He drops to his knees in front of her, pushing aside her skirts and drawers, hands bracing her thighs, as he leans forward and licks a rough stripe between her legs, in her wetness, that makes her moan. She can feel the buzz of his dark chuckle against her exquisitely sensitive folds, as he sets to his work with his customary cool, deliberate thoroughness. He does seem to enjoy this, giving her pleasure without thinking to ask any particular reciprocation, the relentless heat and pressure and insistence of his mouth like nothing and no one she’s been with before. Her breath stutters. She grips at his hair, pushing him deeper, as his tongue enters her and plays about. Kisses her inside, then moves up in slow, light motions to her clit. He has plenty to do to that too.

Lucy gulps, feeling nothing but searing heat dazzling through her, any idea or memory of cold completely obliterated. Once Flynn is finished with his very thorough exploration of her, he kisses the cut of her leg, running his hands down the backs of her thighs. Seems almost at peace, as if he might not quite care so much about what he does wherever he goes, but rather in that the knowledge that she will follow him, and this, however much she is still trying to deny it, is very likely to happen again. That he has ever so slightly altered his tactics, until she’s started to support him. Act of her own volition to help him.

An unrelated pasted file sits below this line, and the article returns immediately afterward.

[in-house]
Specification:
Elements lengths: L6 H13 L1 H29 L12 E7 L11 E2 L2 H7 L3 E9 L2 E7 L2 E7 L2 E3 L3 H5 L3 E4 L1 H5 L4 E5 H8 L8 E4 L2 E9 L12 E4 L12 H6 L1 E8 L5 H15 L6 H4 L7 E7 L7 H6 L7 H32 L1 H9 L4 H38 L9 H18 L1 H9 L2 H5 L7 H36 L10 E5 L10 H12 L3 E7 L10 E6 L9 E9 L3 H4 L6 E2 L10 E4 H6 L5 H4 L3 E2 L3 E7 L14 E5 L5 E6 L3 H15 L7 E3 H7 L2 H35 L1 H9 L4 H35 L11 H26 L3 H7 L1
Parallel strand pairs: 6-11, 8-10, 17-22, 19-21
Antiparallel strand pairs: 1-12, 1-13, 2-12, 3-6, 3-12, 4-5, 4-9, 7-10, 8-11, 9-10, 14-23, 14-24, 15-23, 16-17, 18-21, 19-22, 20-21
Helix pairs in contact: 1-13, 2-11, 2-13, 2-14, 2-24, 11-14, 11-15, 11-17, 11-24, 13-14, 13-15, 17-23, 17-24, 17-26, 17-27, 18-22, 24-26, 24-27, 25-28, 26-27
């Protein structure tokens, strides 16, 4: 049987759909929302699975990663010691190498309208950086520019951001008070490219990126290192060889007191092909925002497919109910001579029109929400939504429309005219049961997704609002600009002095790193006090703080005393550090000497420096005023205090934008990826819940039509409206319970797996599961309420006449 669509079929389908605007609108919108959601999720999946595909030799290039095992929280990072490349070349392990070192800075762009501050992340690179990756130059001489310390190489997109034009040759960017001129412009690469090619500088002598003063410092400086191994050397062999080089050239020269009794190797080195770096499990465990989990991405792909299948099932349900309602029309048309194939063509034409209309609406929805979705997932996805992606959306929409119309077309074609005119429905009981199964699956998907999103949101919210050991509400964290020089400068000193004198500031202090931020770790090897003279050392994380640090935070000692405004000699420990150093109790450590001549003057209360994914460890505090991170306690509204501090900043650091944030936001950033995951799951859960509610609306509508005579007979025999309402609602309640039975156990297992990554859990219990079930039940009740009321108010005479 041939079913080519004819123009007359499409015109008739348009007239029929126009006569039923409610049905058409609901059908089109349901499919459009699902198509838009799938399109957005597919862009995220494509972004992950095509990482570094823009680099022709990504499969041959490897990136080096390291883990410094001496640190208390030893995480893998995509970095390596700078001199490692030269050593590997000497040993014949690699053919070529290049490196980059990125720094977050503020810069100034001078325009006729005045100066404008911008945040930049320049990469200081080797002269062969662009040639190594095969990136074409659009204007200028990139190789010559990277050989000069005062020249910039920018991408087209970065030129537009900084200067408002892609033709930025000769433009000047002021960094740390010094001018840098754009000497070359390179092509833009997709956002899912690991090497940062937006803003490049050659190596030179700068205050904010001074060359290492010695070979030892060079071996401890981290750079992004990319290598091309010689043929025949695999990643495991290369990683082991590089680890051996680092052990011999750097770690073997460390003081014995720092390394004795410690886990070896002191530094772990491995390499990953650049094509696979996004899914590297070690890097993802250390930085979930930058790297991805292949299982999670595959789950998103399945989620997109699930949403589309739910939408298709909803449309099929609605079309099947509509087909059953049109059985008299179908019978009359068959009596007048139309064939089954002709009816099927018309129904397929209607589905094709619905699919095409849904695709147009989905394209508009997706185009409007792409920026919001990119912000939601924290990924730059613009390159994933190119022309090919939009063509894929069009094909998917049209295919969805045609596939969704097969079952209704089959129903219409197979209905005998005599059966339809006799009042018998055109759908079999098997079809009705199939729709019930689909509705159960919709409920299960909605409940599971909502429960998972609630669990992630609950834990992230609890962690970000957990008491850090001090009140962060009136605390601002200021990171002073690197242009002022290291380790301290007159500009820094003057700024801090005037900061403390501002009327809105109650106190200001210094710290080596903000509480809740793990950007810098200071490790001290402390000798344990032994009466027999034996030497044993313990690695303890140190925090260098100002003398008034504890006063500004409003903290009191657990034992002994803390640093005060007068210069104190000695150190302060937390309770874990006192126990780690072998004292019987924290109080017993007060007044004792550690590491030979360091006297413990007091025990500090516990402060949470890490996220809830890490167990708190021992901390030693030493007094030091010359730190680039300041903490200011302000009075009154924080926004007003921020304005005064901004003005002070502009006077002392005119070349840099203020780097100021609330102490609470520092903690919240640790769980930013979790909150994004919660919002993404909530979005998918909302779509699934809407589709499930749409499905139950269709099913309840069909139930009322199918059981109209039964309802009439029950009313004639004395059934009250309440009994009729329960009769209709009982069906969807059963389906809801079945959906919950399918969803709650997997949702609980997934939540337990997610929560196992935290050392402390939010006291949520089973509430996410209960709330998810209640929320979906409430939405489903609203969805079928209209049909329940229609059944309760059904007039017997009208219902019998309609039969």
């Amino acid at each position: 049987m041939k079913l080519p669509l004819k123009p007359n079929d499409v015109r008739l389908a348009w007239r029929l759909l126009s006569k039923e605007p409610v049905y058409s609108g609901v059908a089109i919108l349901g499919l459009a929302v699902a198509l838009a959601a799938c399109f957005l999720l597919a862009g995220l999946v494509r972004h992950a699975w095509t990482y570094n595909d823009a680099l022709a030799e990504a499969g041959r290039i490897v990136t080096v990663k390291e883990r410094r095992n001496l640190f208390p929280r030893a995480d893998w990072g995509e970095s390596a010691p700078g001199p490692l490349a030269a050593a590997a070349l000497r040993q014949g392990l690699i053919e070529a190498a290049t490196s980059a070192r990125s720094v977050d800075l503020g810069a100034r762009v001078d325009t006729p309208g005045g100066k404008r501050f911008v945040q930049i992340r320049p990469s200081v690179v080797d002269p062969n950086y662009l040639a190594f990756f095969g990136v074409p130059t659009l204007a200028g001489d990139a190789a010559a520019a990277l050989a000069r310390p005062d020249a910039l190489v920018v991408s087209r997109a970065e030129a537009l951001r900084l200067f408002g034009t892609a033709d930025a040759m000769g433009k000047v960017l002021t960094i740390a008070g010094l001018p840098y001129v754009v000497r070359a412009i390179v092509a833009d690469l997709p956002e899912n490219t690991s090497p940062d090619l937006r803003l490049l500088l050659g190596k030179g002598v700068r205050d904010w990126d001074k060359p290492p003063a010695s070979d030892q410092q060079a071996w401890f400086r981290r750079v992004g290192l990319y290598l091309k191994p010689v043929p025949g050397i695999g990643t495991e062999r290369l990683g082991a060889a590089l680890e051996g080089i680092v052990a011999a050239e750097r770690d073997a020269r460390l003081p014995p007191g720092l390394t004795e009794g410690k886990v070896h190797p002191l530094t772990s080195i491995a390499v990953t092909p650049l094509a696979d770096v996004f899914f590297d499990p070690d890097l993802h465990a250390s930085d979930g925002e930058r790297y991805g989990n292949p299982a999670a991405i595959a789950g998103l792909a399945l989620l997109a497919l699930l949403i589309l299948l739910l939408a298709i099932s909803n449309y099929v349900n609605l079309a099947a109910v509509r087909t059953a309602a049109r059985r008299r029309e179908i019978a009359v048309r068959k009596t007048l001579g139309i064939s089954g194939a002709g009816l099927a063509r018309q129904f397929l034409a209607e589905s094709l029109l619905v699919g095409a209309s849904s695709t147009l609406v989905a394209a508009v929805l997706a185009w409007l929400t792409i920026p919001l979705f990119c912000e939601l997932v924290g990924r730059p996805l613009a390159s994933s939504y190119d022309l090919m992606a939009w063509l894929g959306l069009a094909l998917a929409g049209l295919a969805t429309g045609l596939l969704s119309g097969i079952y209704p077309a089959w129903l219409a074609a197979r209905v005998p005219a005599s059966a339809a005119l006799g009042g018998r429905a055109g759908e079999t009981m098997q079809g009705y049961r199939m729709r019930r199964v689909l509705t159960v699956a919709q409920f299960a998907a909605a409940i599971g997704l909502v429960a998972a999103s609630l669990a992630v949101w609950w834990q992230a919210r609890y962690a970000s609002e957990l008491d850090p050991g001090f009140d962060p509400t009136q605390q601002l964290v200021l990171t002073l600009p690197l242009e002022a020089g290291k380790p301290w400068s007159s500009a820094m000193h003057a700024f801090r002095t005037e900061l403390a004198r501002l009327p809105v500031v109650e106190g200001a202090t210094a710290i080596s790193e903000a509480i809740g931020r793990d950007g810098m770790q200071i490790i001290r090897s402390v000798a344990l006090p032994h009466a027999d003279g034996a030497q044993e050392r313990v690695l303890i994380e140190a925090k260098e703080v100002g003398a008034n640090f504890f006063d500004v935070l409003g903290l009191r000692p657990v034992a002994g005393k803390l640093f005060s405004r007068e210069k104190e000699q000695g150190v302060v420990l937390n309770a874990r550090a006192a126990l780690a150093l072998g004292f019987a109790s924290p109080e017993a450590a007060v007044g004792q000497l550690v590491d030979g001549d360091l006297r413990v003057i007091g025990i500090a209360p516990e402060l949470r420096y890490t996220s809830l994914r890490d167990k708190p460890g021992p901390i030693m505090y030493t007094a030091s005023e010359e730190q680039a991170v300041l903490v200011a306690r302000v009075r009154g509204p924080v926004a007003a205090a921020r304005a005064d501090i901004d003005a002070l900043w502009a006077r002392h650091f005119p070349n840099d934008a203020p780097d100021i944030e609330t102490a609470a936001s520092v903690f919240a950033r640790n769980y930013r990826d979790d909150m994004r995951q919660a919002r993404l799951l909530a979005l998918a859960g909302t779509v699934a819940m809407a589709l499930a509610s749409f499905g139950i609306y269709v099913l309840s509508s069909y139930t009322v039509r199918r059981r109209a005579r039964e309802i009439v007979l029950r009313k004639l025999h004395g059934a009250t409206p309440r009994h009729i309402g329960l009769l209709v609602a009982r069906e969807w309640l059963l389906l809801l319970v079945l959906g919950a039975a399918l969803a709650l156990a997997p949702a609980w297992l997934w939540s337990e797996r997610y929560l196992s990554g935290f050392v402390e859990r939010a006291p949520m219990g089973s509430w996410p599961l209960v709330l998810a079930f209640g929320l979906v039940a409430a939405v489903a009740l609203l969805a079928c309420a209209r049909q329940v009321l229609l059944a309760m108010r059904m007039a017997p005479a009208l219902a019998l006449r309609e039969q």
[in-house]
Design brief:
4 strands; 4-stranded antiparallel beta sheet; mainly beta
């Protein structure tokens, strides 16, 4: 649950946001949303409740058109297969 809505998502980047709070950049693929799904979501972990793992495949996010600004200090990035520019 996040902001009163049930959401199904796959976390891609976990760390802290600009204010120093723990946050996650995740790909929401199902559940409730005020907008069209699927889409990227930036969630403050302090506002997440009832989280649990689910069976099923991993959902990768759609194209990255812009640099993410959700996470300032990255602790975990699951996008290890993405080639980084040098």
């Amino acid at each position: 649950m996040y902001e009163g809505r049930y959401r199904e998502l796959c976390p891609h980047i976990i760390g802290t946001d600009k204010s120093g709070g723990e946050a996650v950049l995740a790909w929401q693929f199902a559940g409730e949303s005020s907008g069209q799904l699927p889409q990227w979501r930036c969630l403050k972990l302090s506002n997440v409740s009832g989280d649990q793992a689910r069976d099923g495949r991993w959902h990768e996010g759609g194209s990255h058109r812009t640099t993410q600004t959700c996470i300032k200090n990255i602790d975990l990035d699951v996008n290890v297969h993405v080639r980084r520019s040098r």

This is surreal. She could still stop it. She could.

She doesn’t.

She tugs him to his feet, tastes herself on his lips as he leans in to kiss her, and starts to fumble at the complicated buttons of his trousers. Wants him in her, roused and slippery and quivering and wet as she is, wants whatever this is, wants it. He shifts, tugging them down over his hips, and she reaches for him,  caresses him with her thumb, hears him actually gasp as she circles the tip. Then he claims her with a quick, deep, matter-of-fact thrust, and she cries out.

Flynn lets out an even more self-satisfied sigh as he slides fully into her – the third time now, this is hardly a novel experience, and yet its attraction does not appear to be waning in the least. Both of them take a moment, as he closes his eyes and allows himself to absorb the sensation of completion, of possession. He is preparing to start to move, as Lucy rolls her hips on him, urging him to it – when, just then, the door of the cabin flies open.

Flynn jerks out of her lightning-fast, yanks his trousers back up, and spins around. Not quite fast enough.

“You,”  Wyatt Logan says, grim and furious, pointing the gun. “Get away from her right now.”